wow.. please do keep the info flowing, and good luck!
What transmission are you planning to use?
If you need any tech info, there are a few guys in
alt.autos.dodge.trucks that are very knowledgeable..
How much traffic do you drive in? City traffic and freeway traffic. I really
don't mind driving a stick, but pumping a heavy clutch is not my idea of
fun. If its not too heavy of a clutch, or if your able to just ride the rpms
a little then I would actually prefer the manual, for just the reason you
said.Also, your able to shift EXACTLY when you want to a manual, instead of
having that lag with the auto.
I did some checking, and if you put a stock 6-71 GMC blower on a 454, with
out overdriving it with the pulleys, it should work fine.
A friend of mine that's just about an authority on putting 6-71 blowers on
everything said: get it gone over by a blower specialist, like Blower Drive
Service, and don't use 11.0 to 1 pistons, otherwise you'll see a nice head
explosion at about 6,000 RPM.
Maybe I talked more than I should have?
Thanks for the double check. That is what I'd thought too.
I have a detroit specialist at my shop (he apprenticed at Waterous Detroit/
Allison dealership in the early '70s, 35 years with detroits now) He's done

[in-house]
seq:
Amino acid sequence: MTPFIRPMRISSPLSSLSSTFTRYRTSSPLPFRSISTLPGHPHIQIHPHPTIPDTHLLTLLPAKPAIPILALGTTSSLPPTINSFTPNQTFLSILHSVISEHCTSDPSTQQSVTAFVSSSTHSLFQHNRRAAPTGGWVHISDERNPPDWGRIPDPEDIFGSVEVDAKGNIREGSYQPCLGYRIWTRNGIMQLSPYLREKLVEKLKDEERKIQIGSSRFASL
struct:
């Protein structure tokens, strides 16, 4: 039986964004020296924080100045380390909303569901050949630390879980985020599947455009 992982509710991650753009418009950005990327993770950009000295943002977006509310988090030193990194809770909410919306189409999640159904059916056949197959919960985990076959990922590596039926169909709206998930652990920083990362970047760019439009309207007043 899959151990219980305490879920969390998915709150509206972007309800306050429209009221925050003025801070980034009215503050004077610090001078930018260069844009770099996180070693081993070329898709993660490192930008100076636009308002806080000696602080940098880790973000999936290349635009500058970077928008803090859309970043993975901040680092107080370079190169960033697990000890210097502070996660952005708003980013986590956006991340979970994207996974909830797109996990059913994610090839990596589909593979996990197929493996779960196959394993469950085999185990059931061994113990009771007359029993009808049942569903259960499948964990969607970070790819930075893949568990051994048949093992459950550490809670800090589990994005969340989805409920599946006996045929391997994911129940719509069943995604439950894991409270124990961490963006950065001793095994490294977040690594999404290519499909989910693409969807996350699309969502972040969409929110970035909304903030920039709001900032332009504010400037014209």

a couple blowers for local monster trucks too. He's shown me how to overhaul
a blower. Plus I've got the detroit service manuals at the shop. I'm doing
mine myself, as that's what I get paid to do. Overhaul and work on this type
of shtuff. I've actually got five 6-71 blowers to harvest best parts
from.........cause a set of new blades from Detroit.......$900.00
CAD.....ouch. Not going to do that.
I'd also planned a 8.5-9:1 CR.
I was still unsure on the belt drive ratio ie underdriven, 1:1, overdriven.
Now I think it's 1:1 as my best bet.
This guy said 1 to 1:
He also said: "If it's not super tightly clearanced, to where it's going to
make a 17 psi boost at 1to1 at 6,000 rpm, he'd go 10to1 compression"
If it was a Ford, he said 9to1 compression, because Ford heads do a
disappearing act sometimes, BBC's are almost as good as a Hemi. He also said
spend a few extra bucks and use head studs, get the block honed with the
studs in and block plates.
He has a 70Mach1 429 with a blower going to a show, in New York some time
next month. That I painted 15 years ago.
On Tue, 27 Jul 2004 00:50:51 -0400, "Refinish King"
I hope to hell you're talking about running alchohol, AVgas, or
propane... at 17psi and 10:1 on 93 octane you'll pound the ring lands
off the pistons in 2 or 3 WOT runs. I'd run 9:1 at the absolute most.
this guy builds Supercharged engines for people;
All over the country and export too. He has to know what he's talking about?
He runs a local Top Fuel dragster, and a gasoline Supercharged Camaro, 454
with 10to1 Childs and Alberts pistons.
All I can say is what I was told. That's why I stopped talking, because
Demon asked a question where I knew I wasn't experienced enough to answer.
Daily driven '98 mustang Cobra, 12-14 psi boot, 10:1 on 91 octane. 48lb